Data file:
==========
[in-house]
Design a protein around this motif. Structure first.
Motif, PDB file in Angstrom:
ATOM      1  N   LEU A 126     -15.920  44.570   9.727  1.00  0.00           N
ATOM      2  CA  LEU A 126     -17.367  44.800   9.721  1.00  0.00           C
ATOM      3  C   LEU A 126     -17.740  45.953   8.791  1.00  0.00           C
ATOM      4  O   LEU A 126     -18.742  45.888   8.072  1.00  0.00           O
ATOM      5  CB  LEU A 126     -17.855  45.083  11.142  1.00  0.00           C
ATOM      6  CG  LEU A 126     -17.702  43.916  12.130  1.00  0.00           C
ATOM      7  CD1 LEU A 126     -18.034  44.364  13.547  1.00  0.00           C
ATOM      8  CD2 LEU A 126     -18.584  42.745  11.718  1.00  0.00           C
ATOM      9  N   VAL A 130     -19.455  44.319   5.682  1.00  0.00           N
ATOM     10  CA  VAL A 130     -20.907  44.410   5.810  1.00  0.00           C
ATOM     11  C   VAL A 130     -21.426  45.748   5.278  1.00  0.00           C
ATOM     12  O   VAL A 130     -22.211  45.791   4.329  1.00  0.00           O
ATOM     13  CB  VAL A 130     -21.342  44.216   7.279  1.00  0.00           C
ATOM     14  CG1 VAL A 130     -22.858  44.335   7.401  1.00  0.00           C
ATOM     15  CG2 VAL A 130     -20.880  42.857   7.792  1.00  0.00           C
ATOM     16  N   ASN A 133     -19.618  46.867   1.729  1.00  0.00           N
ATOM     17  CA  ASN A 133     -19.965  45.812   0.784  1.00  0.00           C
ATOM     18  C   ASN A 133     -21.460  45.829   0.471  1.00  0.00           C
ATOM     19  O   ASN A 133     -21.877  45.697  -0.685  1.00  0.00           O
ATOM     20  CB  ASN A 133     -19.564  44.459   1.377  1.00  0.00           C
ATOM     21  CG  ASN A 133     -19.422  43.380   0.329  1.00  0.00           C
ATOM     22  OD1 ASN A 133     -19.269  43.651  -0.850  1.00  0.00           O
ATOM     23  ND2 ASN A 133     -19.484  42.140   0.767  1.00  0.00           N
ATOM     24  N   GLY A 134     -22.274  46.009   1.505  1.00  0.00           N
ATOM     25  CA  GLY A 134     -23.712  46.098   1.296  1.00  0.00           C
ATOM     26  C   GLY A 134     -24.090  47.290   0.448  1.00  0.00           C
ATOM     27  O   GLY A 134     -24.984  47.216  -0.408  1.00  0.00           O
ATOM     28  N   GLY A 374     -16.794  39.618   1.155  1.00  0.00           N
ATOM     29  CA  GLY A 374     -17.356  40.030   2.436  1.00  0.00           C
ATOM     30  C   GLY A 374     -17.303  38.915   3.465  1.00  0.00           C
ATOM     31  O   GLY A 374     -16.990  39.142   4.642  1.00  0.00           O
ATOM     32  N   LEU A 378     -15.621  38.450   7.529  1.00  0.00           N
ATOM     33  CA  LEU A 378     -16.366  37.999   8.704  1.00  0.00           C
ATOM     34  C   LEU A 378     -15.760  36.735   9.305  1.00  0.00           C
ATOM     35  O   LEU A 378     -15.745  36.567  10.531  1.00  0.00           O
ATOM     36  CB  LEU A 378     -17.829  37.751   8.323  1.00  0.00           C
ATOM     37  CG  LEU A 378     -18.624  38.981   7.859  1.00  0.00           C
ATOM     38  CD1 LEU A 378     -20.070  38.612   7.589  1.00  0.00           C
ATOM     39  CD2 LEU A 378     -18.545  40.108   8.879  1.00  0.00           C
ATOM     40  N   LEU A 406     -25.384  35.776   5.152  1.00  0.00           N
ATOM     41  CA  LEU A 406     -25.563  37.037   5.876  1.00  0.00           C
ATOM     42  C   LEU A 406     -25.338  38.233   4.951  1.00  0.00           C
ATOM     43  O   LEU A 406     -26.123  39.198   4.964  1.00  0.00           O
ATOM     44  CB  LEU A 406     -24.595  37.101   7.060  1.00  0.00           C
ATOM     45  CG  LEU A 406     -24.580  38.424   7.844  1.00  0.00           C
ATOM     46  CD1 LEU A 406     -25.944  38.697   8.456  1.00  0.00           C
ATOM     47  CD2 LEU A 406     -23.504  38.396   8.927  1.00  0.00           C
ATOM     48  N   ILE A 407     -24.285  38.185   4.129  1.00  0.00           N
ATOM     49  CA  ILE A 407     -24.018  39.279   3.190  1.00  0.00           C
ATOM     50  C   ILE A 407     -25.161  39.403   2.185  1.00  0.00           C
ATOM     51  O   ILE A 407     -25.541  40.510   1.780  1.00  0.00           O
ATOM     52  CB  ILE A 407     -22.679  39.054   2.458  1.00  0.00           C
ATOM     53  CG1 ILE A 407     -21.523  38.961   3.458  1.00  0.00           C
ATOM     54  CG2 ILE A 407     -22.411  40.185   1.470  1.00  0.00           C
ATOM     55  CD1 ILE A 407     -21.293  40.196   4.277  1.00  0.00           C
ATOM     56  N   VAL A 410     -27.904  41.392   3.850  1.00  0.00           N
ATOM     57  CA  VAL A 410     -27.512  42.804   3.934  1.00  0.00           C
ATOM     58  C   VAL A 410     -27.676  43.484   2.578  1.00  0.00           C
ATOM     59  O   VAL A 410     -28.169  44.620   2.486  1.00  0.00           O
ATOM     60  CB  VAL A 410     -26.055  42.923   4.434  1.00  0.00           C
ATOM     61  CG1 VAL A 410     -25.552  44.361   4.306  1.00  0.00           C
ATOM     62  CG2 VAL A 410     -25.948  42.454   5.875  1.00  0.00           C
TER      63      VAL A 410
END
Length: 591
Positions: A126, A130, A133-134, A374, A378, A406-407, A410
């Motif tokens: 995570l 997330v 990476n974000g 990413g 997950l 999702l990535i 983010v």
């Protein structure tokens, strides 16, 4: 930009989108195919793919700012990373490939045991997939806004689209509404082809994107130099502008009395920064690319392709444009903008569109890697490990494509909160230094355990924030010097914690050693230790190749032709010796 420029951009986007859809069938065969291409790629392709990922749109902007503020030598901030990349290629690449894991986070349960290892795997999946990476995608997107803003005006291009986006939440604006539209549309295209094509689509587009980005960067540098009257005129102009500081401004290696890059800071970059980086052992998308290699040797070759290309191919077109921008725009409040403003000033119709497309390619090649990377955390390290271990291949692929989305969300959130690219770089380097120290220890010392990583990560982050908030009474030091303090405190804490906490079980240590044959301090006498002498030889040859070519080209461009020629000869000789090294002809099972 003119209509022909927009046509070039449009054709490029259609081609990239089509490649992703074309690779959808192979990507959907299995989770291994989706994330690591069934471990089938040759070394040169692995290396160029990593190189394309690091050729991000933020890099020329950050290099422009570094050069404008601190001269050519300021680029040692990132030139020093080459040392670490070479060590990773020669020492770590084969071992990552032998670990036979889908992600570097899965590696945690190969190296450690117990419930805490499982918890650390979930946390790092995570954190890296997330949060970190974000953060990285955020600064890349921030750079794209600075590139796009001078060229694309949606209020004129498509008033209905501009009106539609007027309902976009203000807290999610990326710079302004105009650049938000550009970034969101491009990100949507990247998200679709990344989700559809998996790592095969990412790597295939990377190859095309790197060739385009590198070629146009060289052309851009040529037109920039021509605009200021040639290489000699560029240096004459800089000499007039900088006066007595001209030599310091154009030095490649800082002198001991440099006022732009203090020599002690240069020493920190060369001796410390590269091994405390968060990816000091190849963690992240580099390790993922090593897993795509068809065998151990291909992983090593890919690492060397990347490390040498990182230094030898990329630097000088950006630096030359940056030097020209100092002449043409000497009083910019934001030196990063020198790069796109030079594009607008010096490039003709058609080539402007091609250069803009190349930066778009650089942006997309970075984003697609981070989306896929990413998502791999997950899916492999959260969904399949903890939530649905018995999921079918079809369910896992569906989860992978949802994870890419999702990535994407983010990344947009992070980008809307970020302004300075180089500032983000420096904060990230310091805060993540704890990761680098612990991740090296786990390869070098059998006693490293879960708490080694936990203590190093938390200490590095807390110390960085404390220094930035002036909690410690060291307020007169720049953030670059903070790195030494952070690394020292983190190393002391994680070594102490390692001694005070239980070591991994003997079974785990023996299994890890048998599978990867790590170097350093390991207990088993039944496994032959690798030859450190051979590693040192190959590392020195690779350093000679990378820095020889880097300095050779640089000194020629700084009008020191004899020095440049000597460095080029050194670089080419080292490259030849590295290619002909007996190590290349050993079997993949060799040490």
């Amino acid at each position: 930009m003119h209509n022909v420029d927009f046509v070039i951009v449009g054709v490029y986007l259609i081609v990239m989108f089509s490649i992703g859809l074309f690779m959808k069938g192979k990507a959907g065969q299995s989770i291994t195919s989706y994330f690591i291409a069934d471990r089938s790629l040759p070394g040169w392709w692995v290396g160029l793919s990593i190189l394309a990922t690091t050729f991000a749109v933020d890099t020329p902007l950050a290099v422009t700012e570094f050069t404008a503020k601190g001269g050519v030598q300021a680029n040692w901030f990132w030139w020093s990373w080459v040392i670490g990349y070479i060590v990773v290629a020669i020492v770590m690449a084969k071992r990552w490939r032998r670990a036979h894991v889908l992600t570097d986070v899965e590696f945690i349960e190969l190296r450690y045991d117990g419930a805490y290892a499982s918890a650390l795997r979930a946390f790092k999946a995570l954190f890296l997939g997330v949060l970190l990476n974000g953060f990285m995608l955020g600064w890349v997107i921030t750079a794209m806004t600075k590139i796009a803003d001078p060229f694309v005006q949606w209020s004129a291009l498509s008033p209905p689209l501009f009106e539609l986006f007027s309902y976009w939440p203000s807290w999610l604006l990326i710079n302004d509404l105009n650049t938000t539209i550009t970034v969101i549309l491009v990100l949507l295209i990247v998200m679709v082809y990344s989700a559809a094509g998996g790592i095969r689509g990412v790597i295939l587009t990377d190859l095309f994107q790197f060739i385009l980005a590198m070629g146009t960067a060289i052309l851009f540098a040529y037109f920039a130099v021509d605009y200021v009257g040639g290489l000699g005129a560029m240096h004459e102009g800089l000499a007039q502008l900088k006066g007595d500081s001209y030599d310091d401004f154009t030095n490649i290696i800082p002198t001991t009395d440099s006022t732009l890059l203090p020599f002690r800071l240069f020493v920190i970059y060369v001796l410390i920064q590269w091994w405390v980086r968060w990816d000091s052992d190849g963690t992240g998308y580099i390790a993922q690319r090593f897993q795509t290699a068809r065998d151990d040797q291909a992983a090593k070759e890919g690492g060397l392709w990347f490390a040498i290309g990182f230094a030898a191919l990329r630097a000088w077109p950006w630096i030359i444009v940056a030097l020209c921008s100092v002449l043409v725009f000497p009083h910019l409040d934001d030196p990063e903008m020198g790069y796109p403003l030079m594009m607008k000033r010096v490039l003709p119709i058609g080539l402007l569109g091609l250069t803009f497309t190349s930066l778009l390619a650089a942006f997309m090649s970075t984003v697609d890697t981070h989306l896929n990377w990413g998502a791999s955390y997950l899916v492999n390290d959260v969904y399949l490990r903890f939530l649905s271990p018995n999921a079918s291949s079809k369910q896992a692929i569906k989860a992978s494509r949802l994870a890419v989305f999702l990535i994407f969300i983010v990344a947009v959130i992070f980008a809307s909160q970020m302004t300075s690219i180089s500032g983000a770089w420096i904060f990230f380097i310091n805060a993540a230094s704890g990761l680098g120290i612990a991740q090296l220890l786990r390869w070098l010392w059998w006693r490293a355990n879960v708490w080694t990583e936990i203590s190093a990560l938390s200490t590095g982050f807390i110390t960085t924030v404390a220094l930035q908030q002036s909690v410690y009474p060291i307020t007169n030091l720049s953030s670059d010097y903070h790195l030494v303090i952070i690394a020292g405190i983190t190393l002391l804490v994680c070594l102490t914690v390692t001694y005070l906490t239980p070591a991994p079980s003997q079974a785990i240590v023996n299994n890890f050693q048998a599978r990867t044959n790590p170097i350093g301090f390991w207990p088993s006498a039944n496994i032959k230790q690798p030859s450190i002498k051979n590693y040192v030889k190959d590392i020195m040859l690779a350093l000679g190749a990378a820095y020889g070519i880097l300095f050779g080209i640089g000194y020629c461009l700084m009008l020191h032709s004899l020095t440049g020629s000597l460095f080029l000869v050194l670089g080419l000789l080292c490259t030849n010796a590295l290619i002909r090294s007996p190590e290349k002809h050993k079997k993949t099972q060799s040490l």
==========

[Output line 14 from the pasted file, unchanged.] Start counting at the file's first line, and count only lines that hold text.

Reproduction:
ATOM     11  C   VAL A 130     -21.426  45.748   5.278  1.00  0.00           C